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Corruption inquiry finds taxpayers rorted over training subsidies

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An ICAC investigation has found a South Australian government contractor engaged in years of “subsidy manipulation” costing hundreds of thousands of dollars.

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In a report tabled in parliament on Thursday, investigators for the Independent Commissioner Against Corruption determined an unnamed registered training organisation (RTO) engaged by the Department for Innovation and Skills had been involved in the “manipulation of subsidies … for many years, undetected by the department”.

The Department for Innovation and Skills was subsidising the RTO to provide vocational education and training to students.

The training organisation was then “falsely reporting that students had achieved full competency for courses before those students had completed their courses” in order to “trigger release of subsidy payments”.

“For those students who ultimately failed or withdrew from their course (not an insignificant number) the subsidies never became payable,” the report states.

“This benefit was estimated to amount to hundreds of thousands of dollars over several years.”

The investigation also identified a “reticence amongst senior officers at the Department to report the matter to the Office for Public Integrity” and said the manipulation went undetected due to a “complex system of reporting codes” and “unwieldy administrative arrangements poorly designed to verify the truth of facts underpinning subsidy claims”.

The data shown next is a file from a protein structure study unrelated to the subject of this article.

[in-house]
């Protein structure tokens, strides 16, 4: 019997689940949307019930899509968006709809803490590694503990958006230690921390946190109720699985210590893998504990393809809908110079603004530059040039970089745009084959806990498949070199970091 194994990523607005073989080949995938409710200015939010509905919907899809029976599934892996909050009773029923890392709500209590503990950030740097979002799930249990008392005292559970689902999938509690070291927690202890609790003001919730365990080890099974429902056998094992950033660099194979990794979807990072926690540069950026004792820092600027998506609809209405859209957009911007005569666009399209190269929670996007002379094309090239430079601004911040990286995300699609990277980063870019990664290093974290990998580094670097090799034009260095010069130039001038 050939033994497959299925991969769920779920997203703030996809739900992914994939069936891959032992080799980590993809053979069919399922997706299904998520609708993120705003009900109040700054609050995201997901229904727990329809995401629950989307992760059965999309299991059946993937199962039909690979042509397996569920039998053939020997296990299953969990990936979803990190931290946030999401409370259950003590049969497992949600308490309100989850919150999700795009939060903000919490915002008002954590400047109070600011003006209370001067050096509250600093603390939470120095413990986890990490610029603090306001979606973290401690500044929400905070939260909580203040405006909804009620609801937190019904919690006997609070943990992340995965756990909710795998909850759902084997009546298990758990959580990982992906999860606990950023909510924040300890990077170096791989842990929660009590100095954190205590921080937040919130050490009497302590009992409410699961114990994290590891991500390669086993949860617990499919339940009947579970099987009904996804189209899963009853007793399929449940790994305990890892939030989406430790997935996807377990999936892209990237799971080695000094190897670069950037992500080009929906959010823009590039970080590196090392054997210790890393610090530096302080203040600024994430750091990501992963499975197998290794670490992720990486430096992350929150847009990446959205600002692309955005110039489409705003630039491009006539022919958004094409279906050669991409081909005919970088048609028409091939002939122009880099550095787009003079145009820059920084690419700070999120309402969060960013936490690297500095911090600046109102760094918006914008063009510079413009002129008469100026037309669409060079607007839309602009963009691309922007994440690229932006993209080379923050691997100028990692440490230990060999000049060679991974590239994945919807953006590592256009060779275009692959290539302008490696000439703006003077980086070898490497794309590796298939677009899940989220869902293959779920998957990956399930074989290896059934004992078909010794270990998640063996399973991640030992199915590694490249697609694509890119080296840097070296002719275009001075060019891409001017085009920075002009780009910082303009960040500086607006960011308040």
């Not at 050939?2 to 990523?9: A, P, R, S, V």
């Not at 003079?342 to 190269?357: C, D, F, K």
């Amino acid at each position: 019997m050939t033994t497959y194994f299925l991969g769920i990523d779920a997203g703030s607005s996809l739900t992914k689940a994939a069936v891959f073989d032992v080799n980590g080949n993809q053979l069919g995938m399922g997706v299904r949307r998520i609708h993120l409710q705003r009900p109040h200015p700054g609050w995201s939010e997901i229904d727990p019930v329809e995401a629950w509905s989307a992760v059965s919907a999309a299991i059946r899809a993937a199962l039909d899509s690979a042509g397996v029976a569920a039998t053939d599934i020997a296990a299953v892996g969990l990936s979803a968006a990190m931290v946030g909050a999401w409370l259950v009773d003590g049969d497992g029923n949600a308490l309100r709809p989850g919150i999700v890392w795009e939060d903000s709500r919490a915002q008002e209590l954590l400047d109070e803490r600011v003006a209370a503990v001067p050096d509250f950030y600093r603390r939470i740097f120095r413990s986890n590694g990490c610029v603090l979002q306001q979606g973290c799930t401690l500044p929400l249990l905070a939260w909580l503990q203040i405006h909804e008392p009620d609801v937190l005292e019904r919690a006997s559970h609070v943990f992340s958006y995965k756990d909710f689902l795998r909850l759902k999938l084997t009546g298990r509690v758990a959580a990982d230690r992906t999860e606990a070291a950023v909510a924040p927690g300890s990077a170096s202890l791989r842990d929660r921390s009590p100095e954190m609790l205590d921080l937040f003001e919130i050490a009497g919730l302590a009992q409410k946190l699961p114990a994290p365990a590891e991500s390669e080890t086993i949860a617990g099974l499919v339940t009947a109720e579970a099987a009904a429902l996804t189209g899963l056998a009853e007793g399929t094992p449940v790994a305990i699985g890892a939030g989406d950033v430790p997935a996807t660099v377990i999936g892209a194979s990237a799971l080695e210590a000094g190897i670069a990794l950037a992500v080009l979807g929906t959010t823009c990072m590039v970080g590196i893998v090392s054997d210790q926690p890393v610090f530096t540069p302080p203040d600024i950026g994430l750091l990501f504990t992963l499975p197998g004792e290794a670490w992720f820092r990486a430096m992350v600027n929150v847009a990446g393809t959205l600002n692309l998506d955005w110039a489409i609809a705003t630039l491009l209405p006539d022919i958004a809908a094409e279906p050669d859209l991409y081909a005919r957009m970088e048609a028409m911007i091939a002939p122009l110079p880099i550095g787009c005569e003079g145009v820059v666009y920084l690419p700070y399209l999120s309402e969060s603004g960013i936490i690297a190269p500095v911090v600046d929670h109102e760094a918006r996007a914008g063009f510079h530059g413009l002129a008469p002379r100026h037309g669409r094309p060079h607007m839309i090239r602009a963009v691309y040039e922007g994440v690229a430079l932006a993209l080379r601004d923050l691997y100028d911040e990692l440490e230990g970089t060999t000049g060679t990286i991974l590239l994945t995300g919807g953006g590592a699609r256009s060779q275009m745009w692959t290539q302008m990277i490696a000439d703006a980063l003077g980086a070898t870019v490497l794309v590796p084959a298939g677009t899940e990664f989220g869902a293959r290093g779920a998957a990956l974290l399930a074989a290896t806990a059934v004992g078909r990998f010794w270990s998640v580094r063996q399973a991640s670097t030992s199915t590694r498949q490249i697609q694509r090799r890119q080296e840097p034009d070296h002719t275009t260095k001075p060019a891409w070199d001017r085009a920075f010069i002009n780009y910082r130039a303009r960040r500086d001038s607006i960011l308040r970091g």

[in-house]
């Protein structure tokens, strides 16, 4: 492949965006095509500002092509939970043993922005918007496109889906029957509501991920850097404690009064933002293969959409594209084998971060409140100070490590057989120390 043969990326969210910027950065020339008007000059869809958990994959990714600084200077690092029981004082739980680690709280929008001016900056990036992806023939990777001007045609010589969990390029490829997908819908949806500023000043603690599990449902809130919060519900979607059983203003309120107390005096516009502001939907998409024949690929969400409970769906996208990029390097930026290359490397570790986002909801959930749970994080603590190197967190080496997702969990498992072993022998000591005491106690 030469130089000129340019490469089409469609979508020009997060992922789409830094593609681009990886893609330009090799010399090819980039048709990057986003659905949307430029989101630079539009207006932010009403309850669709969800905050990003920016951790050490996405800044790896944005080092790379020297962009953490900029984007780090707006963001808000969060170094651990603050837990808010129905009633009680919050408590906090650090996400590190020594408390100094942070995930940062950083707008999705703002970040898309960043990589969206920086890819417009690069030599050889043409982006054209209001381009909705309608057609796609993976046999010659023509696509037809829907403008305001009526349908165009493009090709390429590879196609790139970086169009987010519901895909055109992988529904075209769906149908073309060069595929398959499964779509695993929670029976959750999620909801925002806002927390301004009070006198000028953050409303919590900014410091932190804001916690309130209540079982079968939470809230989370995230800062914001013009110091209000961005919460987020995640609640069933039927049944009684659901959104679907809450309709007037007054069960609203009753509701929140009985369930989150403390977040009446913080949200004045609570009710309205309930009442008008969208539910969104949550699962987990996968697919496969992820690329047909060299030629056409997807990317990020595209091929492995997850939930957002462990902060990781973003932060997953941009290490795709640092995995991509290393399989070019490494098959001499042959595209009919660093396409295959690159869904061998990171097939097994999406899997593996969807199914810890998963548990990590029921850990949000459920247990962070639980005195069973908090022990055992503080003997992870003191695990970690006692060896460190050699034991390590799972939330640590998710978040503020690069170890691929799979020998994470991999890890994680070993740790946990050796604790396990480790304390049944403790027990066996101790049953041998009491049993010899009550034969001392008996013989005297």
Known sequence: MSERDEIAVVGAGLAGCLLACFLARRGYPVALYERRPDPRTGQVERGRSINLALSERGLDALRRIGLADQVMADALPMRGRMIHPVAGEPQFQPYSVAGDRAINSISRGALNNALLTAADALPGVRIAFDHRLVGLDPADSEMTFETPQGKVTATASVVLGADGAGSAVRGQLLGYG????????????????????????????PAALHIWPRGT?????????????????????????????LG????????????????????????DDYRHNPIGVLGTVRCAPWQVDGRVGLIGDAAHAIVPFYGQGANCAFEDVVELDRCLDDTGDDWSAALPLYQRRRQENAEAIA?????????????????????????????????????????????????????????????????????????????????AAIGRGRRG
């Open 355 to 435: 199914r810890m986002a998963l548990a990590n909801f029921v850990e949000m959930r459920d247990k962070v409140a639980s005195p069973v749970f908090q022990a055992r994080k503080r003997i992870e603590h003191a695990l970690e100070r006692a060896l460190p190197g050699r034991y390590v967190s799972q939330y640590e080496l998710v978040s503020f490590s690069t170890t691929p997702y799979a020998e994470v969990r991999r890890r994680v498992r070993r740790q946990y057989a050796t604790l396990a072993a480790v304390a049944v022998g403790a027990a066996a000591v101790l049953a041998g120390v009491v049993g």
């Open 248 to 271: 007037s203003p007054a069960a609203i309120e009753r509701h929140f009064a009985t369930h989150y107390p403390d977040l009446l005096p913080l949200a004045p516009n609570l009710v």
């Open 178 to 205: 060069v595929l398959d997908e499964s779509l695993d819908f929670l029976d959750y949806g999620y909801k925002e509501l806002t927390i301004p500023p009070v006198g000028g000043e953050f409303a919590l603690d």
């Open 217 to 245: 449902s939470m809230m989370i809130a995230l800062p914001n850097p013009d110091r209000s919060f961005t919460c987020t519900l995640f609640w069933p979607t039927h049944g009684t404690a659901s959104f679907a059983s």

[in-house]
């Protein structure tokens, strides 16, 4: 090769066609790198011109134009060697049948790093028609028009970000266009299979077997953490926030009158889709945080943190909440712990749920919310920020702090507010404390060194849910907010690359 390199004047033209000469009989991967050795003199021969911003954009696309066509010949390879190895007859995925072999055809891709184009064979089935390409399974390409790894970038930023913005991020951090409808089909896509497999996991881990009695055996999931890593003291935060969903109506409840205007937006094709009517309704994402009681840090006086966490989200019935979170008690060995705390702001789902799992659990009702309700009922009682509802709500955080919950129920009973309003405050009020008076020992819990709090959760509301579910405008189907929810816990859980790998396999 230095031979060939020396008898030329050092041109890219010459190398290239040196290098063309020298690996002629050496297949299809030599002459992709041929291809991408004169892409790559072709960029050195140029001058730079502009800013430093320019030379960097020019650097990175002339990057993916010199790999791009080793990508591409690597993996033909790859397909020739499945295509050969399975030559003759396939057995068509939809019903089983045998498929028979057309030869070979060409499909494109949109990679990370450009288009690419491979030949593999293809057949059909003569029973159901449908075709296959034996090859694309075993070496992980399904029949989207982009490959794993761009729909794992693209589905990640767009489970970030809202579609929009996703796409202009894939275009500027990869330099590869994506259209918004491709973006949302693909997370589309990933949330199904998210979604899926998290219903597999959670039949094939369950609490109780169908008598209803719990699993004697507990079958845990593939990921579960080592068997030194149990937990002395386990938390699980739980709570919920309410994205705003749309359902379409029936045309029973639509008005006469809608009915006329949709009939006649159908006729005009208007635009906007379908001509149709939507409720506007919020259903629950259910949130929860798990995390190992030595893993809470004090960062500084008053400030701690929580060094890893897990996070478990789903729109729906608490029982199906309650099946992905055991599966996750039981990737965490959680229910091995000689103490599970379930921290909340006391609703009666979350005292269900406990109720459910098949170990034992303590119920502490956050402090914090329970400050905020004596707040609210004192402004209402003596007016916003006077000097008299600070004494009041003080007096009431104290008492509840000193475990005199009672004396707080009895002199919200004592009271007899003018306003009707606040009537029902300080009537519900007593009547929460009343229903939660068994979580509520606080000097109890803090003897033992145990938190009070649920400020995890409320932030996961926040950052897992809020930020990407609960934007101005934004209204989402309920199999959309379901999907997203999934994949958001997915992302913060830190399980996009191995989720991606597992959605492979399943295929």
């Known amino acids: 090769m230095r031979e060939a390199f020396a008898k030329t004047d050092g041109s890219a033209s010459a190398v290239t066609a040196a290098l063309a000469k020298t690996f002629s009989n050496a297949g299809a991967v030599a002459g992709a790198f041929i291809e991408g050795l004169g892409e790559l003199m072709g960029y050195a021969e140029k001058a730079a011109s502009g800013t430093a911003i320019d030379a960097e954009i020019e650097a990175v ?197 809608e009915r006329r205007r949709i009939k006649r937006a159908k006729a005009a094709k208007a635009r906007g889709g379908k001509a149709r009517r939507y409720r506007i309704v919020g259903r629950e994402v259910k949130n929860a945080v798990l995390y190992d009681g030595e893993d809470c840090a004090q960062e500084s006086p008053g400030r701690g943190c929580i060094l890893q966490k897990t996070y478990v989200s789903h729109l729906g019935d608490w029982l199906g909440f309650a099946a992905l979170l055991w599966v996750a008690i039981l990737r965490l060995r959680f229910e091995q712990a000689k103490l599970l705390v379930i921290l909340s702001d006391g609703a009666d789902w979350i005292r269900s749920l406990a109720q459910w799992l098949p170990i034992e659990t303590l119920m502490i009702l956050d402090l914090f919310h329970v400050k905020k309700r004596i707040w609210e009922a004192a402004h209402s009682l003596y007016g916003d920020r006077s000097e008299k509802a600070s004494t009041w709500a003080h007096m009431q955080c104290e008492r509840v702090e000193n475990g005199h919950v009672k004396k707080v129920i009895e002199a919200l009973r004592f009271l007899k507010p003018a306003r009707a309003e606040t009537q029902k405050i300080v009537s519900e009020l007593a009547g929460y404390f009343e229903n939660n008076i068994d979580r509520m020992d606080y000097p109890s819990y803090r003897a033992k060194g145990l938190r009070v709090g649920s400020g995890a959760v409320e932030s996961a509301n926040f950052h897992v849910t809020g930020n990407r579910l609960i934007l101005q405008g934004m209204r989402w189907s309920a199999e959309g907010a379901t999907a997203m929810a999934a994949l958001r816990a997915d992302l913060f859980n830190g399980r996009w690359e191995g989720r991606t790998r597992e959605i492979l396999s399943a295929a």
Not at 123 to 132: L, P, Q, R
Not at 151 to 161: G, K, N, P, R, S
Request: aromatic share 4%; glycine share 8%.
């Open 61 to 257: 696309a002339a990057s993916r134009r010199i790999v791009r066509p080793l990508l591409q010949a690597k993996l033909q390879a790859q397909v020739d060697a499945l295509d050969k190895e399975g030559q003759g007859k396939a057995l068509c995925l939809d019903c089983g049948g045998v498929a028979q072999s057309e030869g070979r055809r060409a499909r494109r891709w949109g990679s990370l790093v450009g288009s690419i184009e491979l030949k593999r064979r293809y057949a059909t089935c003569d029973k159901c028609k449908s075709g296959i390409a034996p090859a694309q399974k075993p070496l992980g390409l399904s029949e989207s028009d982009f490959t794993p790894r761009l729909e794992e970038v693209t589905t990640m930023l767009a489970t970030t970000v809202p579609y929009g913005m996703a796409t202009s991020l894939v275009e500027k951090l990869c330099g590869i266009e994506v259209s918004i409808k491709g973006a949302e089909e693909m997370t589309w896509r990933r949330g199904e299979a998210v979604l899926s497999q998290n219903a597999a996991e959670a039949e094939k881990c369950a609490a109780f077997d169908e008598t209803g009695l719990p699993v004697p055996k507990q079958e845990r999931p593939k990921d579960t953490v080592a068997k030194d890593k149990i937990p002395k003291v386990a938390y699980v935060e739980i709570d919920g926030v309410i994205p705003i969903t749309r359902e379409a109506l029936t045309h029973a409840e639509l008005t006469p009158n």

No criminal charges were pursued, and the report emphasised there was “no evidence that any public officer of the Department had any involvement in the subsidy manipulation”.

ICAC completed the investigation into the unnamed organisation in April 2021.

Independent Commissioner Against Corruption Ann Vanstone said the Department has since undertaken reforms to improve its compliance and monitoring processes with government contractors.

“I was encouraged that the reforms appeared to intervene in the three main areas where the Commission considered improvement was needed,” she said.

However, Vanstone also wrote in her foreword that the ICAC’s ability to conduct future investigations on similar matters is limited by laws that sailed through state parliament last year curtailing her powers.

“Conduct such as this might not be investigated by the Commission in future because, whereas the contractor could previously have been charged with deception, that is no longer a ‘corruption offence’ as defined,” she said.

“This creates an imperative for public authorities to take steps to ensure they have adequate controls in place to prevent dishonest conduct on the part of contractors.

“To that end I have determined it is in the public interest that I publish a report on the nature of this recent investigation, to highlight corruption opportunities that were identified and lessons learned.”

Vanstone issued a similar warning about the effect of the new laws in a damning report about the driver licensing industry tabled last month.

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